My Old Apartment campaign highlights tenant rights on P.E.I.

·4 min read
The cards are printed with spaces for previous tenants to fill out when they moved out and how much rent cost at that time.
The cards are printed with spaces for previous tenants to fill out when they moved out and how much rent cost at that time.

(Laura Meader/CBC - image credit)

A grassroots campaign on P.E.I. called My Old Apartment aims to help tenants ensure they aren't paying too much rent with advice on how to challenge illegal rent increases.

The hope is the mostly pre-written letter campaign will help fight illegal rent increases and help new tenants get overpayments back.

It was started by social justice advocate Darcie Lanthier.

She made up cards with two blank spaces on the front for people to fill out: the date they left a rental and how much rent they were paying.

She wants people who move out of apartments to get in touch with the new tenants to make sure their rent doesn't go up too much.

"It's really the only way you can find out if you're paying too much rent is if you get that information from the previous tenant," Lanthier said.

"Otherwise, the landlord might just re-rent the apartment for two or three hundred dollars a month more than it was before, which is an illegal rent increase."

Laura Meader/CBC
Laura Meader/CBC

Lanthier said she believes it's a big problem on the Island. Many people may not realize that even if tenants change, the rent can only increase the amount set by the Island Regulatory and Appeals Commission (IRAC).

For 2021, landlords can raise the rent one per cent.

They can apply to IRAC and ask to raise it more if they can show increased costs with the property.

If people realize they have been paying more than the allowable increase, they can file a complaint with IRAC.

If IRAC finds the concern valid, rent could be reduced to the amount allowed under the rules and people may be eligible to get overpayments back.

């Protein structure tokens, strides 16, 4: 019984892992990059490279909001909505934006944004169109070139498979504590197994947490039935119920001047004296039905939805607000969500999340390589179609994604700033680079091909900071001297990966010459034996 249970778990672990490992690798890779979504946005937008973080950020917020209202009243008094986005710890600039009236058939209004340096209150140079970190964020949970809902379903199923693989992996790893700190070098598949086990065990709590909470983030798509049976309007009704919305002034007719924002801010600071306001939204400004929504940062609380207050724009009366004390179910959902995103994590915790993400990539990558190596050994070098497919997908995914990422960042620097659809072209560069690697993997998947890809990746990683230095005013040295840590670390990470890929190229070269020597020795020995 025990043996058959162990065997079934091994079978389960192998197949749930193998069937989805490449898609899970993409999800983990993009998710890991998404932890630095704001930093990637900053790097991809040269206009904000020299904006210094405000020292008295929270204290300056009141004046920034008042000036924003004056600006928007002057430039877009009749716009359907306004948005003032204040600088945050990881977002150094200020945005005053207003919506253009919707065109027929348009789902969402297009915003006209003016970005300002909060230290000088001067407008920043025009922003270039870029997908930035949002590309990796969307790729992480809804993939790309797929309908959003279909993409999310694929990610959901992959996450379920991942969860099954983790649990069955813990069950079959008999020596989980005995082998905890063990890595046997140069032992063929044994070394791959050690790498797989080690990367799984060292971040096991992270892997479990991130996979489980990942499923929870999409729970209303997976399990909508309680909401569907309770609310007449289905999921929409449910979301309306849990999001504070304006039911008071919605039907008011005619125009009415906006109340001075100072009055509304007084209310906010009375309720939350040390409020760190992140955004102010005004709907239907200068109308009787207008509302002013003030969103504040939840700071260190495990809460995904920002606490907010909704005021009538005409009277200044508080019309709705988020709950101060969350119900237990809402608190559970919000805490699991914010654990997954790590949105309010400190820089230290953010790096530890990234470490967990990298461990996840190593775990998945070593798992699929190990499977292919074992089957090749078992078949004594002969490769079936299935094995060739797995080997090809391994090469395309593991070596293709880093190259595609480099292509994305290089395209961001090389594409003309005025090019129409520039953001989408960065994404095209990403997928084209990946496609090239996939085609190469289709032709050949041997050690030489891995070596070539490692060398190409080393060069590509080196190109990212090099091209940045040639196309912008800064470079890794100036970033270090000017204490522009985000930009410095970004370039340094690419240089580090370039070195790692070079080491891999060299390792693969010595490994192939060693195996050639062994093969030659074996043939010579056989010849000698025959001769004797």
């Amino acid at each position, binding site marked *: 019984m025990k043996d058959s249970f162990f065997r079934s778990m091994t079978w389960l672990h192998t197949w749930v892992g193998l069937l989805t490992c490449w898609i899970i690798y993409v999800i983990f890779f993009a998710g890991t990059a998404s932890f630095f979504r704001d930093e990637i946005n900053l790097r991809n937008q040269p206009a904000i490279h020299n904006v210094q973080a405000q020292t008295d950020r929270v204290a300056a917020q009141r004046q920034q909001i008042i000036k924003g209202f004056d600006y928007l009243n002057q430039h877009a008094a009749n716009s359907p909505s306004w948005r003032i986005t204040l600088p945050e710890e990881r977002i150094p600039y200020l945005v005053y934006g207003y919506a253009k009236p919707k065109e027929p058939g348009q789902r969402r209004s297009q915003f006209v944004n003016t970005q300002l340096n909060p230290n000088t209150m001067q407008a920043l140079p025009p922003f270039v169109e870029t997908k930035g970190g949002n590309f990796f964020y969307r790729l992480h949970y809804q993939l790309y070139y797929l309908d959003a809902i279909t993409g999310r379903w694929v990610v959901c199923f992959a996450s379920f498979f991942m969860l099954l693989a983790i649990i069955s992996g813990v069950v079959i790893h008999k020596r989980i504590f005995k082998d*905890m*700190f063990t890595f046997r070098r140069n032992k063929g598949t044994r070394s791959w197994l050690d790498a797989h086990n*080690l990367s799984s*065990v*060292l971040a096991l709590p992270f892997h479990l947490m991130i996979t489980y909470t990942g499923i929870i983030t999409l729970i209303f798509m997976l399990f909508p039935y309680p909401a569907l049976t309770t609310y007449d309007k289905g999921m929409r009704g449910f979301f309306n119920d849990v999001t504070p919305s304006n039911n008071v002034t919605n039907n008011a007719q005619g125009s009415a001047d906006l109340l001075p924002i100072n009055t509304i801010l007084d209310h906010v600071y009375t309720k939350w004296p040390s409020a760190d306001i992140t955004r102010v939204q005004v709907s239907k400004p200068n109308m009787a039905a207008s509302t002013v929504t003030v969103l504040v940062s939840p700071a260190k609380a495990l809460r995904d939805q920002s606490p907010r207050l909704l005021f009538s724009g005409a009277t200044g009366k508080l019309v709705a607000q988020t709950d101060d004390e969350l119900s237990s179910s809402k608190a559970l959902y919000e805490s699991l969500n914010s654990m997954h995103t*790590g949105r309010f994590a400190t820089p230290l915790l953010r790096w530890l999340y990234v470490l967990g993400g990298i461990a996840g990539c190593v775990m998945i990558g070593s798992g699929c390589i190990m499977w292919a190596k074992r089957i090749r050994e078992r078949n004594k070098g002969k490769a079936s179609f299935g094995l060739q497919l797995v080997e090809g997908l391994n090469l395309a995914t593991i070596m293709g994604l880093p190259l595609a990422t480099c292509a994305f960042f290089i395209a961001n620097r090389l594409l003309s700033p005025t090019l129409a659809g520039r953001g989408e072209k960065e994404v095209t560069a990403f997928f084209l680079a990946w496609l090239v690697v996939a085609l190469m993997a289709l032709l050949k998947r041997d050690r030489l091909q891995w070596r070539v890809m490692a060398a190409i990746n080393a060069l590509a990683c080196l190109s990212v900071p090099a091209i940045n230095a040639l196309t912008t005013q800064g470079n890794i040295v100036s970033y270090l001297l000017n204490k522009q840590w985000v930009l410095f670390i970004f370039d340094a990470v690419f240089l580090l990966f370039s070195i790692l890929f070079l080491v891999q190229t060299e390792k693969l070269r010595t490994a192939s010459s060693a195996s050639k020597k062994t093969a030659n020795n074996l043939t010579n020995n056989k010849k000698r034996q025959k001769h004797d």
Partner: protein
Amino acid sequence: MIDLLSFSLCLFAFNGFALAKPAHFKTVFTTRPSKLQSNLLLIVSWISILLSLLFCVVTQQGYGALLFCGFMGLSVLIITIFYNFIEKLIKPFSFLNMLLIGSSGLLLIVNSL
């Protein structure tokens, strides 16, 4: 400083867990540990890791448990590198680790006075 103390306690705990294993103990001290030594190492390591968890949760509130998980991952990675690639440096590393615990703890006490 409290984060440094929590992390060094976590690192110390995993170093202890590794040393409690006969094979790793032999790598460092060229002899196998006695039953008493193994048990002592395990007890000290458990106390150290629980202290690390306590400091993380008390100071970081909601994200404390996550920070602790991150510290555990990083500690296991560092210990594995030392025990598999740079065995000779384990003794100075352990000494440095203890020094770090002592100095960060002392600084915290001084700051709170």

The cards being sent out have a detailed description on how tenants can navigate the process.

Government action

Green MLA Hannah Bell, Official Opposition critic for social development and housing, said it's a good start, but they are pushing to get a public registry to list P.E.I. rentals.

"I put forward a motion in the house in 2019 for a rental registry and it passed in the house," said Bell.

"In fact, the now minister of social development and housing spoke in favour of it at the time but we don't have one and nothing has happened since that motion because of course that is non-binding."

Laura Meader/CBC
Laura Meader/CBC

In a written statement to the CBC, government officials said the province is currently looking at revamping legislation and a registry may be part of that.

More consultations are planned for this spring with the plan to have an updated draft to the P.E.I. Legislature in the fall.

Officials say a new Rental of Residential Property Act will have better protections for both tenants and landlords.

Costs up all over

CBC spoke with a few landlords over the phone for this story.

It is unfortunate that rents have gone up for tenants over the years but it is a reflection of the environment that we're in. — Albert Cohen

They said many people don't understand the costs they face to maintain their buildings — labour, taxes and property costs have all gone up.

Albert Cohen owns between 20 and 30 rental units on P.E.I. including apartments, townhouses and single-family homes.

"It is unfortunate that rents have gone up for tenants over the years but it is a reflection of the environment that we're in," Cohen said.

"Housing prices have gone up incredibly in P.E.I. and Charlottetown specifically in the last five years, and that is one of the major driving costs of rental prices."

He said for him, the cost of property insurance has, in some cases, gone up 15-20 per cent a year.

Cohen said it is important for the government to find a balance so that rents are reasonable for both tenants and property owners.

"Because if the property owners can't charge enough rent, then, you know, they're not going to come in and supply rental housing to the market," Cohen said.

"Then there's going to be even fewer rental houses or rental apartments available to people which could have, you know, the opposite effect of what the regulators want."

Some of the landlords CBC spoke with said they're often vilified unfairly and that most follow the rules.

Laura Meader/CBC
Laura Meader/CBC

The My Old Apartment campaign, Lanthier said, is for those that don't follow the rules.

She said she has set up a Twitter feed to get the word out.

Hundreds of cards have been printed and Lanthier said she is offering to pay to mail them too.

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